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Public talk on the evolution of earth as seen in comparative arid zones

Public talk on the evolution of earth as seen in comparative arid zones

The Namibia Scientific Society will be hosting a public talk by Prof Dr Dietmar Quandt and Dr Julia Bechteler, titled ‘CRC1211:Earth-Evolution at the dry limit’, on 25 October at 19:00.

The Society explained that the research within the CRC1211, a multi-disciplinary programme spanning geosciences, biology and physics focuses on mutual evolutionary relationships between Earth surface processes and biota. “It aims to compare the evolutionary trajectories of the Namib and Atacama, the two oldest deserts on Earth by isolating key finger prints of biological activity at the water limit of the habitable earth and to characterize the earth surface processes operating in the virtual absence of liquid water,” they added.

They said the CRC1211 defines thresholds for biological colonization, diversification and gene flow on population level in response to concurrent fluvial transformation of landscape, identify the tipping points of biotically and abiotically-controlled earth-surface systems, and establish detailed long-term terrestrial climatic records of the oldest and most arid zones on earth.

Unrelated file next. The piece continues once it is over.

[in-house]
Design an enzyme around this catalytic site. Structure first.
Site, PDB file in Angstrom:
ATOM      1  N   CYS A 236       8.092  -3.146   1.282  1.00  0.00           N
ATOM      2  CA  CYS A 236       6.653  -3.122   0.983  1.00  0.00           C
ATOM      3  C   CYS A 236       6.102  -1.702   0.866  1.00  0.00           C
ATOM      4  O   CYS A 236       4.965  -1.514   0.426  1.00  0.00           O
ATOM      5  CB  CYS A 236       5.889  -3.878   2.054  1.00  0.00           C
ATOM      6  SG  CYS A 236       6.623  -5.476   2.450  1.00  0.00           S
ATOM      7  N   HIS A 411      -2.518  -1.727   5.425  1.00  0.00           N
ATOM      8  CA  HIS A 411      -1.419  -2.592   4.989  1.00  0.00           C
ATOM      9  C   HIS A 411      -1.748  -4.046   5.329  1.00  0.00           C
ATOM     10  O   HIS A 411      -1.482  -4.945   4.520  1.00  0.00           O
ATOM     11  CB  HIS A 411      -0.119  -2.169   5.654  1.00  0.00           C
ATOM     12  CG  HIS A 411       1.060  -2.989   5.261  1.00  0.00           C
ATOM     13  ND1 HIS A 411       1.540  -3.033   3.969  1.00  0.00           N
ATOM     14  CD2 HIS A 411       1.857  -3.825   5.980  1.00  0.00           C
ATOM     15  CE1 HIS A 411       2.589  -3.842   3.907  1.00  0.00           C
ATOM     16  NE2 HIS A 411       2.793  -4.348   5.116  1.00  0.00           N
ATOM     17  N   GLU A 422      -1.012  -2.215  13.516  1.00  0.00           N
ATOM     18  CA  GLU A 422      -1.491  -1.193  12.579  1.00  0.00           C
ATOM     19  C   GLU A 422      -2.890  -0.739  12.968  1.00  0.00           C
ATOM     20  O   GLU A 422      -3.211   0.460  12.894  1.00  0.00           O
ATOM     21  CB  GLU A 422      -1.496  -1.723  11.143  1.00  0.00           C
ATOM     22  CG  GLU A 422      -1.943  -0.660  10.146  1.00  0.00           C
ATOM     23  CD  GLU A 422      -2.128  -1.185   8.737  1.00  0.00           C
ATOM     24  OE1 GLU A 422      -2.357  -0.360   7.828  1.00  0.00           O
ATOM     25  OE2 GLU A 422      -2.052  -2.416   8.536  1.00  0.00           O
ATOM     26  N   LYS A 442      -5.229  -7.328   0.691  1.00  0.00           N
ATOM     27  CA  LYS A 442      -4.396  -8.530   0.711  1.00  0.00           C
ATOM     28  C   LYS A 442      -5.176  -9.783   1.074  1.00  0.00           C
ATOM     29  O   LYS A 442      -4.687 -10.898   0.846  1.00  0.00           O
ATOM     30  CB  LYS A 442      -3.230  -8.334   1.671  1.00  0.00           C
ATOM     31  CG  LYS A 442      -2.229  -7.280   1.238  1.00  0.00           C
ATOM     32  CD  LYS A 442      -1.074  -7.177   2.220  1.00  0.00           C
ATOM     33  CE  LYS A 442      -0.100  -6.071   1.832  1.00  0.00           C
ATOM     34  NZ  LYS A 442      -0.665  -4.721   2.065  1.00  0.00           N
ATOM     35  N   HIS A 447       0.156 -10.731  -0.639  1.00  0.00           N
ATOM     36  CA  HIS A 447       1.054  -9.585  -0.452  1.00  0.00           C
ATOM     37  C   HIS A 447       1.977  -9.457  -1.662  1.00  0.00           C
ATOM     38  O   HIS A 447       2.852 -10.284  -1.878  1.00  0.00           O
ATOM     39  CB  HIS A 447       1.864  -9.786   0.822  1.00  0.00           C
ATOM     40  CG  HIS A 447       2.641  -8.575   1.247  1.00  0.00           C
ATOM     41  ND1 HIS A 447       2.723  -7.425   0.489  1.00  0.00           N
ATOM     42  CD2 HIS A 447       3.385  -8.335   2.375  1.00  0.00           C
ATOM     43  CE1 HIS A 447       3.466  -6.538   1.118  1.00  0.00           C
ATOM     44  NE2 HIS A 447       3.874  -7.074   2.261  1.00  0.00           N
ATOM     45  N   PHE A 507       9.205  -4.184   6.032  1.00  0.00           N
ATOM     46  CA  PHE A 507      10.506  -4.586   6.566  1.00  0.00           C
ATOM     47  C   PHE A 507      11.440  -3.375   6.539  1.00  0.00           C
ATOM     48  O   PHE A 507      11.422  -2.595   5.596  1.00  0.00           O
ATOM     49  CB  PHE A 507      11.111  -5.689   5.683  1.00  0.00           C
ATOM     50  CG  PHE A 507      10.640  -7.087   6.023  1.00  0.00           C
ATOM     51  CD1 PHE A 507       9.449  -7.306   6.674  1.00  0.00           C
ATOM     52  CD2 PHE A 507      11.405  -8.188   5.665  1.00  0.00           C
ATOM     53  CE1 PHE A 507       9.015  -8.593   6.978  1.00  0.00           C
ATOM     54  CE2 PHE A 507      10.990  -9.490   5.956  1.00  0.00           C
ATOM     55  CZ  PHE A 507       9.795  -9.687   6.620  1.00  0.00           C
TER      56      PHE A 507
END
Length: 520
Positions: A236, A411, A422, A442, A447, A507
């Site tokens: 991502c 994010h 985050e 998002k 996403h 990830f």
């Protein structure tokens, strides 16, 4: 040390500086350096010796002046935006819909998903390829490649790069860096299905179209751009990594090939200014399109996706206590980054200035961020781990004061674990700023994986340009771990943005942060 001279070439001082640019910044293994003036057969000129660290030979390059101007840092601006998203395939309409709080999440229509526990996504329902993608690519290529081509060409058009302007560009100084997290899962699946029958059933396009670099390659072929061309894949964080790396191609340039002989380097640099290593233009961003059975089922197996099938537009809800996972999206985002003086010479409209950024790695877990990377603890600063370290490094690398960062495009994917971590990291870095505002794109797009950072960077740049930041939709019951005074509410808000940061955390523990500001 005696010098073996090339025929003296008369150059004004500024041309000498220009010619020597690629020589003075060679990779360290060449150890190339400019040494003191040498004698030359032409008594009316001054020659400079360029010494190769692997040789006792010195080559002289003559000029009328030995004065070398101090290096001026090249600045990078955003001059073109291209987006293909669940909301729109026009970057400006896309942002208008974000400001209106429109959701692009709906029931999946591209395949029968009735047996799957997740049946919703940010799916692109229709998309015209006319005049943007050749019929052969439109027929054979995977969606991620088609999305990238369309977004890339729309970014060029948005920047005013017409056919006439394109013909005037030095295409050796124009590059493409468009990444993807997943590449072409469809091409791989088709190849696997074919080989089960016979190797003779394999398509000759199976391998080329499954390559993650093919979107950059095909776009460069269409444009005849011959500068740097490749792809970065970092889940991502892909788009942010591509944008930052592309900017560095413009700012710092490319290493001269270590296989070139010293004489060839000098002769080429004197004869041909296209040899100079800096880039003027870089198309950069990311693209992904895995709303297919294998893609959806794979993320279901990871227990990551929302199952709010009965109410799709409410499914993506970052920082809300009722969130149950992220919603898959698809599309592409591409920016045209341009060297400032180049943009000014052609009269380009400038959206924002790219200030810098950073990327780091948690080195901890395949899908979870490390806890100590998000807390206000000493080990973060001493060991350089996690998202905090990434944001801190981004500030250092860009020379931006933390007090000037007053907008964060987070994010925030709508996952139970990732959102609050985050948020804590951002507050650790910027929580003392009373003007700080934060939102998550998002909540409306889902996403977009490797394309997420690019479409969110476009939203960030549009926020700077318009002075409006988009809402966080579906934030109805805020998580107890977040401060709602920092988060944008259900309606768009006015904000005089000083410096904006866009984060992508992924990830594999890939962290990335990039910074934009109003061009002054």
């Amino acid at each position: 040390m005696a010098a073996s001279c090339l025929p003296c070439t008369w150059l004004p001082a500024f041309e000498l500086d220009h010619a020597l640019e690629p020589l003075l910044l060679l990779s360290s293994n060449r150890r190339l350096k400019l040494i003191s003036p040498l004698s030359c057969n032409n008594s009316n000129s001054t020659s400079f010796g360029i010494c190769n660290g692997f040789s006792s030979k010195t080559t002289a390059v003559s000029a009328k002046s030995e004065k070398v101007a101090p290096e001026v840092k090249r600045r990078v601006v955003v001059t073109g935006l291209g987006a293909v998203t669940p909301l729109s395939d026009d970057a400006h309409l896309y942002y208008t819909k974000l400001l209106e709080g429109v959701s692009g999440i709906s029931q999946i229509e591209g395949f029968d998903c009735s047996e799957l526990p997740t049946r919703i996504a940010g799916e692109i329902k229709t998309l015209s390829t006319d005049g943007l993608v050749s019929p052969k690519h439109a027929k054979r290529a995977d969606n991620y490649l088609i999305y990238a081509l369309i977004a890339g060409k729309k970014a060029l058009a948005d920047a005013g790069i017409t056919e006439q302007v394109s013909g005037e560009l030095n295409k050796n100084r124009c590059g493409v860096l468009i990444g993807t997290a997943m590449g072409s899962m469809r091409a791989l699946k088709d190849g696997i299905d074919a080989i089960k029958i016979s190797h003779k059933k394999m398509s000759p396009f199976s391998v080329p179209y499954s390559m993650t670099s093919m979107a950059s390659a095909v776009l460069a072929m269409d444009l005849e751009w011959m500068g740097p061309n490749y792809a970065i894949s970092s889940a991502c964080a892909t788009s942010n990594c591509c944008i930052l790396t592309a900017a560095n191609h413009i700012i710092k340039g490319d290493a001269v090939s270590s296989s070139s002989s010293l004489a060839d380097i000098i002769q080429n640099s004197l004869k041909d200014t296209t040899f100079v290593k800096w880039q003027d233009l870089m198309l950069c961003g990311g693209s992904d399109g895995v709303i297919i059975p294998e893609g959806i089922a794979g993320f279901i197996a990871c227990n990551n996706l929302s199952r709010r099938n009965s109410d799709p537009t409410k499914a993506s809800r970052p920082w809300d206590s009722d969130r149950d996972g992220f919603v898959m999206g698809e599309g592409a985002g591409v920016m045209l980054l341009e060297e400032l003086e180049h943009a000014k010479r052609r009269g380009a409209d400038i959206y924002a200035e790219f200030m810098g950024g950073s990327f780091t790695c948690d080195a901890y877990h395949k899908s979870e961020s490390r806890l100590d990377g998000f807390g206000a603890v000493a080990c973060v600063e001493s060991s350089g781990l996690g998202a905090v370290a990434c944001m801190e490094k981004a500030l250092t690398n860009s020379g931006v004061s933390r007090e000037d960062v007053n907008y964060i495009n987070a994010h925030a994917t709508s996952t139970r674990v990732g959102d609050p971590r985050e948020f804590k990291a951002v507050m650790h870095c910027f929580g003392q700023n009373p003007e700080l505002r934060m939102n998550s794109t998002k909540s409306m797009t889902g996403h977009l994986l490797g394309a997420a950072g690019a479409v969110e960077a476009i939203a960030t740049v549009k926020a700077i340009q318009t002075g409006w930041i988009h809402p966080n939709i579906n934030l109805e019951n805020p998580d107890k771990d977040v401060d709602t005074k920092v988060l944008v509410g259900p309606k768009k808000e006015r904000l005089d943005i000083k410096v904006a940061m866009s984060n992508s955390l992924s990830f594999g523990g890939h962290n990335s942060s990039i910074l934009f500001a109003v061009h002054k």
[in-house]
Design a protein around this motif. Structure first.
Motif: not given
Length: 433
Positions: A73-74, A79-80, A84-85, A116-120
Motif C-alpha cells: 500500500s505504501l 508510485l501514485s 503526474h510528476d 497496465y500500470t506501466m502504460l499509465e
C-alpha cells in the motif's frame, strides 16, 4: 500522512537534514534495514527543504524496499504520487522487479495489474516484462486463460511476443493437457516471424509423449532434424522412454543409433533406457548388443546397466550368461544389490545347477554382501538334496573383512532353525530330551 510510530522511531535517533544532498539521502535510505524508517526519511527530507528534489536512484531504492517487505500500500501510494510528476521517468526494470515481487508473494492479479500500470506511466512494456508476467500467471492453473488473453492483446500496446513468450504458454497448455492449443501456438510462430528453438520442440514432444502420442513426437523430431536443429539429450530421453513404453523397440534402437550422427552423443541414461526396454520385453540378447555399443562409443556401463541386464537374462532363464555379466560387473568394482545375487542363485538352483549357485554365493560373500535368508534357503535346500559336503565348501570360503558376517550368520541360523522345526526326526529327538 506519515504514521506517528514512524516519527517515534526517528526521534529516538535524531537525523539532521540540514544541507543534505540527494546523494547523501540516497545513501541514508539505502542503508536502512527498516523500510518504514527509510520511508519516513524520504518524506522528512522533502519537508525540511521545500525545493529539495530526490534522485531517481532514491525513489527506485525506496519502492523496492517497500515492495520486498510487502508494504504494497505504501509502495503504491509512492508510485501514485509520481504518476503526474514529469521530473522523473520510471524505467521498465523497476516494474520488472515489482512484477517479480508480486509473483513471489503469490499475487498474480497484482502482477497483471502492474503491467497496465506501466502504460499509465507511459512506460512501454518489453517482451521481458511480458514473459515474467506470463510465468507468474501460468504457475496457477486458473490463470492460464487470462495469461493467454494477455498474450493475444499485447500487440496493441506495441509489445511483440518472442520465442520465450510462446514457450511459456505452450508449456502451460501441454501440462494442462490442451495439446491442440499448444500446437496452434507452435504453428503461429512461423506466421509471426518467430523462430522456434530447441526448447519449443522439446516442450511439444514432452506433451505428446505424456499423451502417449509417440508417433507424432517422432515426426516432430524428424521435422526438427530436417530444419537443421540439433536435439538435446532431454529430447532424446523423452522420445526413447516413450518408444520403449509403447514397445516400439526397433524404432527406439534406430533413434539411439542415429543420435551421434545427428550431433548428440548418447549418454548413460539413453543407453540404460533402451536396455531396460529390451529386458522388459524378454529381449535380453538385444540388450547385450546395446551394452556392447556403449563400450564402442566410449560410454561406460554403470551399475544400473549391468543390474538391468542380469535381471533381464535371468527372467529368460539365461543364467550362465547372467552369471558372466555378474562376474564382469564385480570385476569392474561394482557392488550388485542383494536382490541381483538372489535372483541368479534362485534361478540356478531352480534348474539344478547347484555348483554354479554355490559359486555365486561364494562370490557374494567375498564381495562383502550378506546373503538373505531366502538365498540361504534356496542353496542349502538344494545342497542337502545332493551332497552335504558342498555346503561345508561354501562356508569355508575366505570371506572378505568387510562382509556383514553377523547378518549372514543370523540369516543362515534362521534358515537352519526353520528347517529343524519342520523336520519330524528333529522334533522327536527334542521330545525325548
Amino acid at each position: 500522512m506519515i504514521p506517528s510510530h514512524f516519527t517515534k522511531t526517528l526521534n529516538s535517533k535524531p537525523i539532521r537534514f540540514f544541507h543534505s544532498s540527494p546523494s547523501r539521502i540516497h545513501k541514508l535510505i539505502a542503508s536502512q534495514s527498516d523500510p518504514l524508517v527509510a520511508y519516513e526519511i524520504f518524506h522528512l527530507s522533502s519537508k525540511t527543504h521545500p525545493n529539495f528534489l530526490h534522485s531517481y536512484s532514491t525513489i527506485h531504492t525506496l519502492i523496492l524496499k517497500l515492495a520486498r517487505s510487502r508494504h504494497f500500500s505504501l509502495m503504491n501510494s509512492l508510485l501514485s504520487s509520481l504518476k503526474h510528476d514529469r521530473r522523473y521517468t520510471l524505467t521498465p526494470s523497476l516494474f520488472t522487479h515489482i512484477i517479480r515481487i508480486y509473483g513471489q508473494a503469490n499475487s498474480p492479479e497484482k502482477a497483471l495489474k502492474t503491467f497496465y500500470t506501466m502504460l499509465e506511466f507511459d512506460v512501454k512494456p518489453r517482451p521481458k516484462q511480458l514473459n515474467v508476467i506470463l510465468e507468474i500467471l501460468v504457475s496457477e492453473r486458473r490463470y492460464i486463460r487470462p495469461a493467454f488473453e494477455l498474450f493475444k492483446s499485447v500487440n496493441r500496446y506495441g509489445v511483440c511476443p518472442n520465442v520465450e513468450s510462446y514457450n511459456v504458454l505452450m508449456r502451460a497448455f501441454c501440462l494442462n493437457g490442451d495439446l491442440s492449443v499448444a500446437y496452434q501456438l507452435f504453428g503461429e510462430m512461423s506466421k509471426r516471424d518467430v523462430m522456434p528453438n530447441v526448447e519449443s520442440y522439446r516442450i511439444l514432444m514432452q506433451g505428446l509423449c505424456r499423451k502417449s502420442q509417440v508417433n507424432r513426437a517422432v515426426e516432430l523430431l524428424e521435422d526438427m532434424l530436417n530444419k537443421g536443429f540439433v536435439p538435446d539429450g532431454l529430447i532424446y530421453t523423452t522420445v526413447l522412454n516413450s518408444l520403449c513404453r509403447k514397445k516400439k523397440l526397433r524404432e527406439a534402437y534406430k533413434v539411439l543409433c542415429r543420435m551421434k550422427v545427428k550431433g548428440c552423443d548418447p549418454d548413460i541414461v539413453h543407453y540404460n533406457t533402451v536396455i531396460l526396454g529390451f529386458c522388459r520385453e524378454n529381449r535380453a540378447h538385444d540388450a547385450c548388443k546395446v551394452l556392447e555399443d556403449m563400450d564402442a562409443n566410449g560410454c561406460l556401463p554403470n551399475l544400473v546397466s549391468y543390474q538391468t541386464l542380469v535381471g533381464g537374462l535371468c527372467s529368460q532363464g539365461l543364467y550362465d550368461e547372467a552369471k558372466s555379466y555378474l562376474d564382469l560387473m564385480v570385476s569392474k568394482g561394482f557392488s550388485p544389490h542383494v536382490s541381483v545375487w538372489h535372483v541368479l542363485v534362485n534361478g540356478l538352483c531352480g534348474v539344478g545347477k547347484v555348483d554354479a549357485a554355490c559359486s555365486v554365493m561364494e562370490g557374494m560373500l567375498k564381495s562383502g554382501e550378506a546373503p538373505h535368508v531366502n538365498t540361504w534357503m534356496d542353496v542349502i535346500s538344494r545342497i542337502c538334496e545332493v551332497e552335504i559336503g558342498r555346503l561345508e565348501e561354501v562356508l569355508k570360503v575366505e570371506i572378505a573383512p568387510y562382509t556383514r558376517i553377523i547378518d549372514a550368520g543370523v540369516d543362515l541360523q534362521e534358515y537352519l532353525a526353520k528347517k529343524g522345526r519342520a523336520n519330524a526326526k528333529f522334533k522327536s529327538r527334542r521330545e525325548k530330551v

Chronometric and spatial information on the colonization and radiation of biota will be related to the landscape evolution and their common driver, water availability and climate, therefore we aim to provide an introduction to the CRC1211, with a focus on the B-cluster, i.e. the biology cluster,” the Society emphasised.

They further said that its main objective is to analyse the biogeographic history of selected taxa/communities, including speciation, population dynamics as well as past and recent colonization histories.

Information on the more recent history of colonization and adaptation will to some extent allow to predict the potential colonization of the transformation habitats caused by the global warming in the near future, a theme that the currently granted FRAMe (SASSCAL) project on melons picks up and thus allows further collaborative research in Namibia,” they concluded.

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